Also, you criticise big government in Europe, but if you consider the size of your federal and also state governments combined you are not much different to quite a number of european countries.

    And you talk about Americas great wealth etcetera, and I admire it’s wealth, but please also appreciate Americas salaries and wages are not much different than many european countries. You just aren’t that much better. In fact the highest incomes globally are in countries like Norway, Luxumbourg, Ireland, Switzerland etc.

    You say :”Our biggest problems – government debt, poorly educated kids, inner city decay and crime, unemployment, ridiculous levels of bureaucracy, and more, are all caused by, or made worse by, government.”

    Actually your unemployment levels are reasonably low at around 4% compared to double that in some European countries.

    Its a matter of opinion. Others people say your biggest problems are huge levels of inequality ( and America is very high if you look at gini coefficient data), people on such low wages they live in tent cities, an inadequate frayed social security system, leaving the Paris accord, gun violence, etc.

    And how much is “government” responsible? Government debt has often been driven high by Republican presidents and congresses and reagon is a classic example. Clinton cut government debt.

    So the problem is not government, it is who is in charge.

    I don’t see that you can blame crime on “big government”. Sadly crime is a function of flawed human nature. America has smaller government than Europe however America has higher crime. Perhaps the problem in America is inadequate gun control, but that is the fault of politicians.

    You refer to Americas great free market system, but what is it you really mean by that? Truly free markets would mean open global immigration so a borderless world, yet you oppose this. So would I anyway.

    If you mean people owning private property and healthy competition, many countries are the same as America in this respect.If anything the number of monopolies forming in america is far from healthy competition (a problem not unique to America).

    If you mean free markets free from excessive regulation, the levels of regulation in America are not excessive and are actually not that much different from anywhere else. Its more a question of having the right sort of regulation and the areas to focus on are surely product safety, the environment and financial stability, plus ensuring empoyee’s have some basic protections.When it goes beyond this there can be problems.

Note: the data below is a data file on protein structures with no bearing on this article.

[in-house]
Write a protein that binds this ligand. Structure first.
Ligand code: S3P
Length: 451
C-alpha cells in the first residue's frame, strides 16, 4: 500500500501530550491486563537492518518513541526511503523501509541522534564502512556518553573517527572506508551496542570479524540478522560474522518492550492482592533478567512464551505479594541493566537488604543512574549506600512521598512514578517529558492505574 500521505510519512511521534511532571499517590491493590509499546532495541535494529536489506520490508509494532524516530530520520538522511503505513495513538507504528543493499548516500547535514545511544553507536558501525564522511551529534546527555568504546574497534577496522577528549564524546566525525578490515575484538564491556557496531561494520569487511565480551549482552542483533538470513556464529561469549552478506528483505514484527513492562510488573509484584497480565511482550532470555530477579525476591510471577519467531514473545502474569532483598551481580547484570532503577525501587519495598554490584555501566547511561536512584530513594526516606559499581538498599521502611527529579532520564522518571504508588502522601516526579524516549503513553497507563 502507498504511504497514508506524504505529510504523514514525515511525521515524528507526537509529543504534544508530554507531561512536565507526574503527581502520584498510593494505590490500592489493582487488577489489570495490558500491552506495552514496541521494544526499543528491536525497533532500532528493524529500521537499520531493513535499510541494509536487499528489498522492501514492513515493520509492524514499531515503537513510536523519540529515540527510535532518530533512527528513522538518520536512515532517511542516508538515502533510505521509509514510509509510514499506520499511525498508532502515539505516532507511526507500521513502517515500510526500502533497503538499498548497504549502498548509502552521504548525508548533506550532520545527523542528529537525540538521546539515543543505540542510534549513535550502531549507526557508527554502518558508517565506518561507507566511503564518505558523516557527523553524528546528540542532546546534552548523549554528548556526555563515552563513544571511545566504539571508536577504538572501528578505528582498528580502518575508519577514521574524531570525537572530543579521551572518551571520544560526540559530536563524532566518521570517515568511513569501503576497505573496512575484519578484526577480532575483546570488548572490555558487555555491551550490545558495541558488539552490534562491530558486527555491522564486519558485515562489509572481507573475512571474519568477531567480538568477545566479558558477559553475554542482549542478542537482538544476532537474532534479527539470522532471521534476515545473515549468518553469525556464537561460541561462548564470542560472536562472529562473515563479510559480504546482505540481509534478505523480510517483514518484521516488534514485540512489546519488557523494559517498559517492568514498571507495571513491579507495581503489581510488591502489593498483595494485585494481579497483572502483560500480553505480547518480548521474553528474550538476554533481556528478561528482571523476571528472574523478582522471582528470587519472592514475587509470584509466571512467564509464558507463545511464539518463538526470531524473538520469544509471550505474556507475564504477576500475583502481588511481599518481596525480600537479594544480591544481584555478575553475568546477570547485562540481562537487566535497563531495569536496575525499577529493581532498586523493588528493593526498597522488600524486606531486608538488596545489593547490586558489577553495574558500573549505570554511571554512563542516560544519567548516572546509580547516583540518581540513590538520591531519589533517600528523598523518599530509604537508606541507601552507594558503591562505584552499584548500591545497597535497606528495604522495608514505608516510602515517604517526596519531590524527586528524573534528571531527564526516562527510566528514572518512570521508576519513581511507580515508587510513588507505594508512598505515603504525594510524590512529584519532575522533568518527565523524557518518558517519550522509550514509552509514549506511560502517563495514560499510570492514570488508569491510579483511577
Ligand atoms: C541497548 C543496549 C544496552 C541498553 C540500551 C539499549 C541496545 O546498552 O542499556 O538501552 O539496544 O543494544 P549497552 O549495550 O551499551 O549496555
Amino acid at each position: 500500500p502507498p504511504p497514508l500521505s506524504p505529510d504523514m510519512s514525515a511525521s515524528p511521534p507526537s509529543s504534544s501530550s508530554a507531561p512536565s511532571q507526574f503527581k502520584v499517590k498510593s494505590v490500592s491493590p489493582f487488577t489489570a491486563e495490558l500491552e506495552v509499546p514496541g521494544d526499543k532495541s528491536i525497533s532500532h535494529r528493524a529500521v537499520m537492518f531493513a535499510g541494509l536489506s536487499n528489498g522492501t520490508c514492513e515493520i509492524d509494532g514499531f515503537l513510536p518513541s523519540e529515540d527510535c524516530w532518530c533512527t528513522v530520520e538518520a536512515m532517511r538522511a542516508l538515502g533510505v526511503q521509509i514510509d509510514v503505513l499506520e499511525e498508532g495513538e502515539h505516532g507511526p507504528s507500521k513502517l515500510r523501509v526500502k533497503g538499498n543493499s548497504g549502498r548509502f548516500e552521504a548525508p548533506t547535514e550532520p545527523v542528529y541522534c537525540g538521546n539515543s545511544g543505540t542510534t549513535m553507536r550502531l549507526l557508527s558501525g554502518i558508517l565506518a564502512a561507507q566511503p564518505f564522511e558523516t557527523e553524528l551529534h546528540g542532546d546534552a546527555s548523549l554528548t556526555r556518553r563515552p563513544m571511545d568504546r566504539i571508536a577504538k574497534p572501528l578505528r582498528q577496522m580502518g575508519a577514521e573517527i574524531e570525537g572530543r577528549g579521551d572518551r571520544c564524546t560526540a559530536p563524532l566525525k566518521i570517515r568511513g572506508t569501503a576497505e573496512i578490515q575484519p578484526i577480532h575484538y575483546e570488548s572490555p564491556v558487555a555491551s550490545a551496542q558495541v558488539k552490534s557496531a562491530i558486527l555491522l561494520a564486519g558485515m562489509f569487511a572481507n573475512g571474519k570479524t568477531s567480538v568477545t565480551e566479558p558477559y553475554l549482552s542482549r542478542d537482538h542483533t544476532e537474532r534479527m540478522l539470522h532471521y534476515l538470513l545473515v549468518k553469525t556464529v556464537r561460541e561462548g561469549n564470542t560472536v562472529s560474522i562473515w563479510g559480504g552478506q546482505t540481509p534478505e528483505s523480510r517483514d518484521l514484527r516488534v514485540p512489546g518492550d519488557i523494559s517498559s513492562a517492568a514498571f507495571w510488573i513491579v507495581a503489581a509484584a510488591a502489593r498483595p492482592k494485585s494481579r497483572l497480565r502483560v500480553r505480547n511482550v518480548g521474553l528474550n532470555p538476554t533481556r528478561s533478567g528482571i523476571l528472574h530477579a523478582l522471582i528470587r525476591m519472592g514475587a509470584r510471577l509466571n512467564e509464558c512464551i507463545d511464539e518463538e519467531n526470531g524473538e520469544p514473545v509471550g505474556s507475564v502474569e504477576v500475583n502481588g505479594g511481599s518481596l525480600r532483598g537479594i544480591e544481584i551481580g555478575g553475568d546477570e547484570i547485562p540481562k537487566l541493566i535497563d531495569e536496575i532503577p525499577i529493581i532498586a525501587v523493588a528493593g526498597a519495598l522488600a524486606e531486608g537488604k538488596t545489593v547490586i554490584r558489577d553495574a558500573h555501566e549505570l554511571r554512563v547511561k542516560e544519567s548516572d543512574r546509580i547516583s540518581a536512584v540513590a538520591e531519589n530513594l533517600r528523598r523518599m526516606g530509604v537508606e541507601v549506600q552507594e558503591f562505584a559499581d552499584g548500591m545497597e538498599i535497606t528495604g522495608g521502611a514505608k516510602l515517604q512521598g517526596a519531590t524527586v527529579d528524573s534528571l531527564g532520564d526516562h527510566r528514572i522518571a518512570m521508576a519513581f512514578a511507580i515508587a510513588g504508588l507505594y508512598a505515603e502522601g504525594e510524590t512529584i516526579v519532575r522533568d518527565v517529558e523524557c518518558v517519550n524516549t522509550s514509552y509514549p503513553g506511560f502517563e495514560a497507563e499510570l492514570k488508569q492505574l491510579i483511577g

The term free markets was actually developed by the economist Adam Smith in his ground breaking book Wealth of Nations to mean no tariffs. Oddly Trump is going in the opposite direction. Adam Smith did not oppose a reasonable level of government intervention and accepted governments should provide basic education. In fact the private sector does very well providing consumer goods but is less effective through history with provision of education and health care, research in the hard sciences, provision of road networks and these are areas where governments have provided very effective roles.

    Likewise while the private sector is effective at producing consumer goods, it tends to do a poor job of protecting the environment, as this sort of problem can be passed onto other parties, so hence the need for some combination of government regulations and court processes.

    You criticise Americas state schools yet they have to be one of the main reasons for Americas wealth.Where do you think people get their basic knowledge and motivation and values if not schools? (as well as parents). Your schools do of course have problems, but the basic state education system is tremendous and accessible to everyone.

  43. 93
    Dan says:

    re: 87. “Nailed it – we do not want big-government. Our free market system is the best in the world – that’s why we have a huge immigration problem. Big government rarely gets anything right. Our biggest problems – government debt, poorly educated kids, inner city decay and crime, unemployment, ridiculous levels of bureaucracy, and more, are all caused by, or made worse by, government.”